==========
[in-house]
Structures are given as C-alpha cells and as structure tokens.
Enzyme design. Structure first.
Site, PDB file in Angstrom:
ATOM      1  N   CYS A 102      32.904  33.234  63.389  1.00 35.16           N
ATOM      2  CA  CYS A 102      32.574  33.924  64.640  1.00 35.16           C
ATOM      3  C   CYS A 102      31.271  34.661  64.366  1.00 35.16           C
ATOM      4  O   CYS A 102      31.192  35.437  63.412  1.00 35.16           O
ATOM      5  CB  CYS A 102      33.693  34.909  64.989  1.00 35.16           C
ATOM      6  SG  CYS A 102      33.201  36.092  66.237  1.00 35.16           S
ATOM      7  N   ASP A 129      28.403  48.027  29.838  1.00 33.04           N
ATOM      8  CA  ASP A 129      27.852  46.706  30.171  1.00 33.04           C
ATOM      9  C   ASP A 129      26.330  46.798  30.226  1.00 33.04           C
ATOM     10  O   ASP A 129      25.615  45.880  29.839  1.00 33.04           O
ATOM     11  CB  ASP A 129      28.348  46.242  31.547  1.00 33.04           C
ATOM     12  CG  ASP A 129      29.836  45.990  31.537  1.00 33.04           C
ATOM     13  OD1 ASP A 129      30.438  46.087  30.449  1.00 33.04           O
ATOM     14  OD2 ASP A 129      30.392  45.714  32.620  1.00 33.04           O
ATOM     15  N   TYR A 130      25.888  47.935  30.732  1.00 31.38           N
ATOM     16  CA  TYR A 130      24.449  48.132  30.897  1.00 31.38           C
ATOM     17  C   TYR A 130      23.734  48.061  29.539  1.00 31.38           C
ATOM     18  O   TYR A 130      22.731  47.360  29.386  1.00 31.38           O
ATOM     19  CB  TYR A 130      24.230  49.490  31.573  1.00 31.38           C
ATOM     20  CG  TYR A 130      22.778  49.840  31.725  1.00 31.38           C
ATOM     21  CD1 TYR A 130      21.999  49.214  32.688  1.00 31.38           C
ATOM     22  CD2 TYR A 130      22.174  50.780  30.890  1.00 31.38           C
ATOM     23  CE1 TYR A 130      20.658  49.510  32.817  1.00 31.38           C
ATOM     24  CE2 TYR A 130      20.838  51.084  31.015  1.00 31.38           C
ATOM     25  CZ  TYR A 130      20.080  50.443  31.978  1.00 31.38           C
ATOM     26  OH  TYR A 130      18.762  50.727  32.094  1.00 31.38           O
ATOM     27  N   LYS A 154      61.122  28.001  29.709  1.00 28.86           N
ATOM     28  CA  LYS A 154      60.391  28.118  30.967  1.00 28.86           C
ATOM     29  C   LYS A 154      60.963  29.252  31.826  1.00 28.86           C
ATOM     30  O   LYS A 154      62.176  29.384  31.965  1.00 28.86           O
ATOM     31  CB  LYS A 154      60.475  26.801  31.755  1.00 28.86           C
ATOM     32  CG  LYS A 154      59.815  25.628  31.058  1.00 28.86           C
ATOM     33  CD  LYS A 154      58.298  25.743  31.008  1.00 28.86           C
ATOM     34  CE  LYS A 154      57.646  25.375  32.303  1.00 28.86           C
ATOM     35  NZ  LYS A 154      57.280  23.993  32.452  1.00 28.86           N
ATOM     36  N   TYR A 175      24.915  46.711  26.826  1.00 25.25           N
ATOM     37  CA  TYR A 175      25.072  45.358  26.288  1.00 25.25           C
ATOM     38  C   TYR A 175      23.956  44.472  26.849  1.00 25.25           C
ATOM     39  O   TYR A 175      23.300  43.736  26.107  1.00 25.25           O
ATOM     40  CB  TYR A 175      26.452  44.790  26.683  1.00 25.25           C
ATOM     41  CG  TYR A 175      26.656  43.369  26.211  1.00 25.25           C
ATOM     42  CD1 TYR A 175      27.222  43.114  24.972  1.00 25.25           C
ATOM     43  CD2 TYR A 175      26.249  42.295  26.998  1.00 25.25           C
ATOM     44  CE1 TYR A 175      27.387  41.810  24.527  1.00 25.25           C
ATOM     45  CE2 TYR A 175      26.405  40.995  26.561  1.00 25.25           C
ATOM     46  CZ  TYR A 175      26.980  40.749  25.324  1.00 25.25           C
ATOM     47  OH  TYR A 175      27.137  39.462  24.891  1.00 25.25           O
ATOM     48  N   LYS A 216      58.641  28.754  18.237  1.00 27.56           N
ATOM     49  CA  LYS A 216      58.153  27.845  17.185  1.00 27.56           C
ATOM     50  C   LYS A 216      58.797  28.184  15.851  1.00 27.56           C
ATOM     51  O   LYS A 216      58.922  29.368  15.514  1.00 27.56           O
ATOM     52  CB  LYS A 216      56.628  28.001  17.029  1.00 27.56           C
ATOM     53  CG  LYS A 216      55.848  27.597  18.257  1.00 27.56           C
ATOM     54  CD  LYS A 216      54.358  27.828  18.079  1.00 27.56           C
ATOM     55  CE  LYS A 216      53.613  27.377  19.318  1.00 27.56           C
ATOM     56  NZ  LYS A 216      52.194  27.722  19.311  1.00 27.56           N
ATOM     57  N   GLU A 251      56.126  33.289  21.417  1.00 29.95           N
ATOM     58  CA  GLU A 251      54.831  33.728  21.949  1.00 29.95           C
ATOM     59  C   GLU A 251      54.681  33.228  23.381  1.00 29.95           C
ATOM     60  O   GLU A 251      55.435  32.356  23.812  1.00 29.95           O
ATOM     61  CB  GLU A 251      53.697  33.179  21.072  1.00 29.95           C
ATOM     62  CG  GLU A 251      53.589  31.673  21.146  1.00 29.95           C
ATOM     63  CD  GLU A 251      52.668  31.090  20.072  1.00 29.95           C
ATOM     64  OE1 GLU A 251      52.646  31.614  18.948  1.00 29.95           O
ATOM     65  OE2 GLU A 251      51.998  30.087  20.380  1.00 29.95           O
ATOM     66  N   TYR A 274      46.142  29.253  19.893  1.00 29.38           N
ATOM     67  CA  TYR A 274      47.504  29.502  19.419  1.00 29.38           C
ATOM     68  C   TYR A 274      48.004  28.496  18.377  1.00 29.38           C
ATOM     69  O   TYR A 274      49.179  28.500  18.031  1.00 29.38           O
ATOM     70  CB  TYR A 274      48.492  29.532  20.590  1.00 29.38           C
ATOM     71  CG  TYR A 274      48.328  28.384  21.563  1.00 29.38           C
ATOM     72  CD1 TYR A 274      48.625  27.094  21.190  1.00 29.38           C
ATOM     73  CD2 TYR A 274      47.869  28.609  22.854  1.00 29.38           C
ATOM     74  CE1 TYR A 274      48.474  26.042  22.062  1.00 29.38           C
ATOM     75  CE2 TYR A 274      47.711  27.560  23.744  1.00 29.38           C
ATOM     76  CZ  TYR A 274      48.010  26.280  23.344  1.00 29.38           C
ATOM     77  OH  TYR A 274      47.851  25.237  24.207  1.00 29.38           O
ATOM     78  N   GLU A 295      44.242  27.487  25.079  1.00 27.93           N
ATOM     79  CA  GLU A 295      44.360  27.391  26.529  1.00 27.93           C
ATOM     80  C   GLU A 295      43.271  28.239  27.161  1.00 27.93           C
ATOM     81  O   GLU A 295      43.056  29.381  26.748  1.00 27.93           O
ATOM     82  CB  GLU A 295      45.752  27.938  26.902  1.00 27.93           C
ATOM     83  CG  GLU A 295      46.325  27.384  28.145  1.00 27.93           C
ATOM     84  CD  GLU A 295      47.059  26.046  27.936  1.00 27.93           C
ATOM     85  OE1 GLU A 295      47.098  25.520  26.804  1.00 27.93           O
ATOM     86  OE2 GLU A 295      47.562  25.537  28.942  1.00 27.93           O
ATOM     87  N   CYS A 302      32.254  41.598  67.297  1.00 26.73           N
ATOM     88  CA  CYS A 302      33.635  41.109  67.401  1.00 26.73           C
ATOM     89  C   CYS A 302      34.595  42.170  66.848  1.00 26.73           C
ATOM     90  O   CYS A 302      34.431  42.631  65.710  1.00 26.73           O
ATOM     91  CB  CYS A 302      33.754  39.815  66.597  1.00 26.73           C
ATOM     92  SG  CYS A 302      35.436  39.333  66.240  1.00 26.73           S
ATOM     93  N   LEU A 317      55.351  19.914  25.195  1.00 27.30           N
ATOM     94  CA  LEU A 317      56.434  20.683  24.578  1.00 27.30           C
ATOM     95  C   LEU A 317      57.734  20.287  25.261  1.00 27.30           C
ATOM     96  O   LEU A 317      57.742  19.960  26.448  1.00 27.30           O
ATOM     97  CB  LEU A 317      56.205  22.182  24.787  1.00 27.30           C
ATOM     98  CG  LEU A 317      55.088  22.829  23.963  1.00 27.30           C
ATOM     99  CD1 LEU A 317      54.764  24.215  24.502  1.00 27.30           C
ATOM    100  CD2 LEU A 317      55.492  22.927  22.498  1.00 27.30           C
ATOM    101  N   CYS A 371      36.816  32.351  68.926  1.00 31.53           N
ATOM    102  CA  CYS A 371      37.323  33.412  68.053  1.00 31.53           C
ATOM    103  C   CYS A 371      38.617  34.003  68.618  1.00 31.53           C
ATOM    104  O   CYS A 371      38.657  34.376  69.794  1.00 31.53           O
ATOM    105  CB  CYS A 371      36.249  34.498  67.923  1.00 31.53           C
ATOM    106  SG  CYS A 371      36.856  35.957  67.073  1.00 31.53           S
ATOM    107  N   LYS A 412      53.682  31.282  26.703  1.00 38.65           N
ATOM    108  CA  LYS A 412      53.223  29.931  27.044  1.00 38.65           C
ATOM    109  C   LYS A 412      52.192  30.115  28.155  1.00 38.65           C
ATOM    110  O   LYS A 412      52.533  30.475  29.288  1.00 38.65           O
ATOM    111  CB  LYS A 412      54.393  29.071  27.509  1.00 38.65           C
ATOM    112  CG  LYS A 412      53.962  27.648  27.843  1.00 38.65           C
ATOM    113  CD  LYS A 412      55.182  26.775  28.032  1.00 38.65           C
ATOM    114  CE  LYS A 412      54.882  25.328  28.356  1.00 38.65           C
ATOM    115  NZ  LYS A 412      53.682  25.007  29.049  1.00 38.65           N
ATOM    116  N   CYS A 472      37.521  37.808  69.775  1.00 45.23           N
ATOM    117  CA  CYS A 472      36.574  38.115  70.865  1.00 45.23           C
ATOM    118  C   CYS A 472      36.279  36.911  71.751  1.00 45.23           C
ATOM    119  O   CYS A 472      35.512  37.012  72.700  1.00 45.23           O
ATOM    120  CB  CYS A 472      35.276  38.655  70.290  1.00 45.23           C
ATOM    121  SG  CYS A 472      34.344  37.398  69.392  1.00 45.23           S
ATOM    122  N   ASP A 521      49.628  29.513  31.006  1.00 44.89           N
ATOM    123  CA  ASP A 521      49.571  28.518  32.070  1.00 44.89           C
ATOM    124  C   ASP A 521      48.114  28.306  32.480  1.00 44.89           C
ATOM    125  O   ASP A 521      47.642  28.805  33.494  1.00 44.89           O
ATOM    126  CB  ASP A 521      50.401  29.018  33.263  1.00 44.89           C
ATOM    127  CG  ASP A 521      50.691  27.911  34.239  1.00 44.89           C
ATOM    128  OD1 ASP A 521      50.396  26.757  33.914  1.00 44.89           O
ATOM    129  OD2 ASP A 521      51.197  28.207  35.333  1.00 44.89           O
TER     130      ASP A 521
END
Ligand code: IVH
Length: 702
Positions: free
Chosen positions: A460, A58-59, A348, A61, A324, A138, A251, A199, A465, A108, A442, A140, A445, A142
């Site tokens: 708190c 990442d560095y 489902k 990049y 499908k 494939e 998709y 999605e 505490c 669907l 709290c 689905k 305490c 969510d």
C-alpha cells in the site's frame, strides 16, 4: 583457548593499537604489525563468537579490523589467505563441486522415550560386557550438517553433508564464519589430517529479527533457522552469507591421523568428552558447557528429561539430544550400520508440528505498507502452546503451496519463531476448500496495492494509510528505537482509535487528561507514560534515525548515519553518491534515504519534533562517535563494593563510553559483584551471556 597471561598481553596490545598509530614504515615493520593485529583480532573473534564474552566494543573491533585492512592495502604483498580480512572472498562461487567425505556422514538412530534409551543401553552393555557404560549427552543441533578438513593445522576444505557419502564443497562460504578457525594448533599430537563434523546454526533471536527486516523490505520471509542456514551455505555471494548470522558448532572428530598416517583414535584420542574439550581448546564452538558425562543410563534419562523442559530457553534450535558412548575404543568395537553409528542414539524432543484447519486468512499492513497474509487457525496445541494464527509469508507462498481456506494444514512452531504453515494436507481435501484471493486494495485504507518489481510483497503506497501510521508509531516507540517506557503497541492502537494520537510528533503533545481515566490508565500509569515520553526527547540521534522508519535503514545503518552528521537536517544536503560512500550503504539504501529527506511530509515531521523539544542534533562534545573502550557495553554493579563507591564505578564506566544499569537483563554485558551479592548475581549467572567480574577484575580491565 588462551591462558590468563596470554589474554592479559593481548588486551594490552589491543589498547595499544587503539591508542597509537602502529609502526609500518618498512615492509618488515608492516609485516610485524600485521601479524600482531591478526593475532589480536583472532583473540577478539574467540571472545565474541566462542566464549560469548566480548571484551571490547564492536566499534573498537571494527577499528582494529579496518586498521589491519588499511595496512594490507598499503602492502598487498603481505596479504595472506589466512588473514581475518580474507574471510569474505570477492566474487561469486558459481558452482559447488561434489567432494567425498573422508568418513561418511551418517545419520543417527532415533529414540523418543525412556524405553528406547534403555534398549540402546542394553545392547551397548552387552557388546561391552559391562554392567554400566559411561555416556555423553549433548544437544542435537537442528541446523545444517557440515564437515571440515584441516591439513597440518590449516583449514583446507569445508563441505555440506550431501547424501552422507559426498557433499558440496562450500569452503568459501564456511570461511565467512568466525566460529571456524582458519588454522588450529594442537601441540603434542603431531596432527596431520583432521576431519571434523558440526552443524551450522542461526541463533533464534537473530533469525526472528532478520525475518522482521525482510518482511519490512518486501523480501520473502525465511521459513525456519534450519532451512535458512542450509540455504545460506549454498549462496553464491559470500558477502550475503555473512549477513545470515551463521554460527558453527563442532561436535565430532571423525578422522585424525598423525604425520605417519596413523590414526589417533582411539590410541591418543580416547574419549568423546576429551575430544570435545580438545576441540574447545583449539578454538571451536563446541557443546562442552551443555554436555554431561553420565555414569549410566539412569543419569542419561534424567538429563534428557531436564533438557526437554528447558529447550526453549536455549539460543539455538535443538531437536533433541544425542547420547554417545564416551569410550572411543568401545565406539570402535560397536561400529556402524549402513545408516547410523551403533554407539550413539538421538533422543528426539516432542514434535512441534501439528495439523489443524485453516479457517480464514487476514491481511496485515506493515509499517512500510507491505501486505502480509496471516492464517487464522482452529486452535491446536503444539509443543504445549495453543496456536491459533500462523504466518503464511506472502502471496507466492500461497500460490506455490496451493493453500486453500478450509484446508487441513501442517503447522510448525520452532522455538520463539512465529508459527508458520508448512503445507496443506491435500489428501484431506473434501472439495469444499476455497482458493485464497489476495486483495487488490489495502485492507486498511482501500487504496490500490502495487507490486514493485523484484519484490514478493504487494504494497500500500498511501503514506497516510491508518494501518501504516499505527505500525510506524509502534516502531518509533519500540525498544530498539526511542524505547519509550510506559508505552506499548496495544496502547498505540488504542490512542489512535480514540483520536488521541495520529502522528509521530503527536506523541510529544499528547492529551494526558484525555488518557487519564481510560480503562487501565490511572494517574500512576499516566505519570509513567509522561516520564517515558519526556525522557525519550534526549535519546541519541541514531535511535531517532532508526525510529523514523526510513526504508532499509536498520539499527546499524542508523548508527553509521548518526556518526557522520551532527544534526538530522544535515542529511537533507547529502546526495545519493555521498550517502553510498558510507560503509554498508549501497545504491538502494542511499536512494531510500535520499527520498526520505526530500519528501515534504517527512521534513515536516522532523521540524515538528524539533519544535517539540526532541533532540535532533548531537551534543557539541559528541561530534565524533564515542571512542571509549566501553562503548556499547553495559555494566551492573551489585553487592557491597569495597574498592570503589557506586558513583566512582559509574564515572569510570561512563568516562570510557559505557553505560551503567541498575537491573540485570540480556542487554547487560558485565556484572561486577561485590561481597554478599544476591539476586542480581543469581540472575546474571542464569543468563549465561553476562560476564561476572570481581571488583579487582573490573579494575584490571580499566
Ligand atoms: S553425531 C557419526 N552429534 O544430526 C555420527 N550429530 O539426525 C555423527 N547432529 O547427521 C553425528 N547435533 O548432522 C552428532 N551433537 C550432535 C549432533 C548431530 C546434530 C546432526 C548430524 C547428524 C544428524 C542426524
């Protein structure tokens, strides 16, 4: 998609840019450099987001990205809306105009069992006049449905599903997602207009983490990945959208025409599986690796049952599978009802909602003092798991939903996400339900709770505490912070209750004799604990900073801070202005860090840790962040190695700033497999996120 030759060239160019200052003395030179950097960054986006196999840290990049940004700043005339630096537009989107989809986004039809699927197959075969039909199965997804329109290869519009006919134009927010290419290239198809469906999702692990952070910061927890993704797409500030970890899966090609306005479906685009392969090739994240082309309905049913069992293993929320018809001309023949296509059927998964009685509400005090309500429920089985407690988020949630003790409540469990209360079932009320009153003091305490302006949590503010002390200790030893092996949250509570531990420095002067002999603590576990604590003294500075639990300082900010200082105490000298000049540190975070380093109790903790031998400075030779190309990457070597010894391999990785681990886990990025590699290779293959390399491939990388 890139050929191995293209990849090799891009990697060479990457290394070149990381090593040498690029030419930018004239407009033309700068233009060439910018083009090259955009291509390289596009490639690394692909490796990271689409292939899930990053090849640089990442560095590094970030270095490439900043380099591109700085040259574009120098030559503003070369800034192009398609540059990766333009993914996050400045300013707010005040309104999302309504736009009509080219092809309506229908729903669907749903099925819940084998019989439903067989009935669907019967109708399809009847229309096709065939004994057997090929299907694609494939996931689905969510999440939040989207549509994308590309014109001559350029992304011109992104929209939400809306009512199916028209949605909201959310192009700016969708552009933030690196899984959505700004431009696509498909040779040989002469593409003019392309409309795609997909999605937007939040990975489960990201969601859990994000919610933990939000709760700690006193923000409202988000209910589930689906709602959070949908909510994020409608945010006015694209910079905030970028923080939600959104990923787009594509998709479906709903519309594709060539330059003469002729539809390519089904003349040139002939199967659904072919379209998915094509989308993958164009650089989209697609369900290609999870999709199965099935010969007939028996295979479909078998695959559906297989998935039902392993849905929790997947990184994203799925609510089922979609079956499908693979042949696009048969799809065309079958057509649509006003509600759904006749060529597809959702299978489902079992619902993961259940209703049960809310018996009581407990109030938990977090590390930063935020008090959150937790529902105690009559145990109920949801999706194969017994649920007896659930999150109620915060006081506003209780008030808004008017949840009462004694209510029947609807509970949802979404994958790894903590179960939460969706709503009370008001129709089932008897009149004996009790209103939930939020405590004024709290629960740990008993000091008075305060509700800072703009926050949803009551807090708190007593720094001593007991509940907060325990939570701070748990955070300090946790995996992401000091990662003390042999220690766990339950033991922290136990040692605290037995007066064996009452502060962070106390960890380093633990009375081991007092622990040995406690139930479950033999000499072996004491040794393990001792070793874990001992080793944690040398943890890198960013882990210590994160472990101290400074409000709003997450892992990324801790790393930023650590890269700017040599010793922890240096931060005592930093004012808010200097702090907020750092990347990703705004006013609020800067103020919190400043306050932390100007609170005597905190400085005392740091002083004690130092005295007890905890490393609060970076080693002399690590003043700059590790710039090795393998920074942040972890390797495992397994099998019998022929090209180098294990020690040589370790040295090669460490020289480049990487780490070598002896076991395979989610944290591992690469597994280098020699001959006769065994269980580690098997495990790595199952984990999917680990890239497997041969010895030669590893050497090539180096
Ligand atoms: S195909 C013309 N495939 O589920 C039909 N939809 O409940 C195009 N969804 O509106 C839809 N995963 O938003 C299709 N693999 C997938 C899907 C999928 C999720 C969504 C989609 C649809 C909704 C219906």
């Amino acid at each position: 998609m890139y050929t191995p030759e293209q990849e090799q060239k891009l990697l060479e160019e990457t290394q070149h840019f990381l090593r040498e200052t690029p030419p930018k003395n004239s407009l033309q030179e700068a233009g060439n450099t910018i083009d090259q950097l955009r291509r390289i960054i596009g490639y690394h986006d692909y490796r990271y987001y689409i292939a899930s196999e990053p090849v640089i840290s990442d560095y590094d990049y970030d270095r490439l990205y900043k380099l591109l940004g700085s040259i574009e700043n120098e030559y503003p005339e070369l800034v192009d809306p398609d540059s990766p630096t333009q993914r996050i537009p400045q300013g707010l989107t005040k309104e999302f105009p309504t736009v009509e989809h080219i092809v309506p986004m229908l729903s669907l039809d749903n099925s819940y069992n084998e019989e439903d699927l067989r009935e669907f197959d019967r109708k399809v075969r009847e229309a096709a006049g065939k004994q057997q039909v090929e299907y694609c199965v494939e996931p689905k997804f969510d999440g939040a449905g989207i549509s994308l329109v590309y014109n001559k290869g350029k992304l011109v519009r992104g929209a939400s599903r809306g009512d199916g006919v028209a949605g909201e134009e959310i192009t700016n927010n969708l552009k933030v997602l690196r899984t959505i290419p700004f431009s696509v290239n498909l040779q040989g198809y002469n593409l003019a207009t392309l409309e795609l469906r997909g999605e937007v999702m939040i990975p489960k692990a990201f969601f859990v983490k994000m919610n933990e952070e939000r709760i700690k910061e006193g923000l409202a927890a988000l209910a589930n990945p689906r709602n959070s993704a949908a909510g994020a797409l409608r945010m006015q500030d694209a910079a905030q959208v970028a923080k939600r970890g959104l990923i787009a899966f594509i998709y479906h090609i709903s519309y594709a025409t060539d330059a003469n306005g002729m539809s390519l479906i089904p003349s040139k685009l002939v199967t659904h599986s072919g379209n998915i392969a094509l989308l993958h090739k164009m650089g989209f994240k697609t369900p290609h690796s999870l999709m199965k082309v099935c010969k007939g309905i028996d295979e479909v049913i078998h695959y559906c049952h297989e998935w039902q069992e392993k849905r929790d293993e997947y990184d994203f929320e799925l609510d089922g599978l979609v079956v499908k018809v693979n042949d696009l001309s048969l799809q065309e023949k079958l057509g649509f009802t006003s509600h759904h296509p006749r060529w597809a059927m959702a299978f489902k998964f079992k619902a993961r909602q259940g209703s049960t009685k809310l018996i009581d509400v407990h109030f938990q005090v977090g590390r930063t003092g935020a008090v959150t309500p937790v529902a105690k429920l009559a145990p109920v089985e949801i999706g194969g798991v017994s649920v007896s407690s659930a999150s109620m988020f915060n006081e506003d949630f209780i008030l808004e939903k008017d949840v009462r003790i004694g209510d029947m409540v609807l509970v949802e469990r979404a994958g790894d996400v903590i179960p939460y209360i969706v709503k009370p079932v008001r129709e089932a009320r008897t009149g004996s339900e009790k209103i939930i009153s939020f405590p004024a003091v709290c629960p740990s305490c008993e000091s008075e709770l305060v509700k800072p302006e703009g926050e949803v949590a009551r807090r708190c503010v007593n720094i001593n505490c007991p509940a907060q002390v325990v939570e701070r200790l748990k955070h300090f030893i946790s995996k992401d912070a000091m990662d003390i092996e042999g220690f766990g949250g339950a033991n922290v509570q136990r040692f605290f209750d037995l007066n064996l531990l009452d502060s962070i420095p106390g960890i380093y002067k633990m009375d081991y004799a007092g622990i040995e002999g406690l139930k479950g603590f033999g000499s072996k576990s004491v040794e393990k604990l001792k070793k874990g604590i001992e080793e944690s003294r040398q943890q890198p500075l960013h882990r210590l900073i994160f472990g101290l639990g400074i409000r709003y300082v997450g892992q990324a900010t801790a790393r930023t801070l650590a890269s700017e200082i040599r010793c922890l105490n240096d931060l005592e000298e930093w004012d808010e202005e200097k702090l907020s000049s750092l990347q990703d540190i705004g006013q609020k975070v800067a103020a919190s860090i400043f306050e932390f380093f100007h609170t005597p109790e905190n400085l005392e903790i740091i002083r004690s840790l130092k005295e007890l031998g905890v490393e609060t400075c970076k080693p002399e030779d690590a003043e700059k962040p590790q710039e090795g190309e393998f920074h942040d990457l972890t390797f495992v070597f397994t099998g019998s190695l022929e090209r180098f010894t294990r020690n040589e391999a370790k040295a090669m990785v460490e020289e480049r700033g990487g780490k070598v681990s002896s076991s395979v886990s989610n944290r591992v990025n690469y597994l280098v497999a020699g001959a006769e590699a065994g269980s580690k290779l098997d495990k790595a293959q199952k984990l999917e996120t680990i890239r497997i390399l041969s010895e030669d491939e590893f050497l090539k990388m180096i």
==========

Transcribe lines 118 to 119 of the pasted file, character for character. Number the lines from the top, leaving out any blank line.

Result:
ATOM    114  CE  LYS A 412      54.882  25.328  28.356  1.00 38.65           C
ATOM    115  NZ  LYS A 412      53.682  25.007  29.049  1.00 38.65           N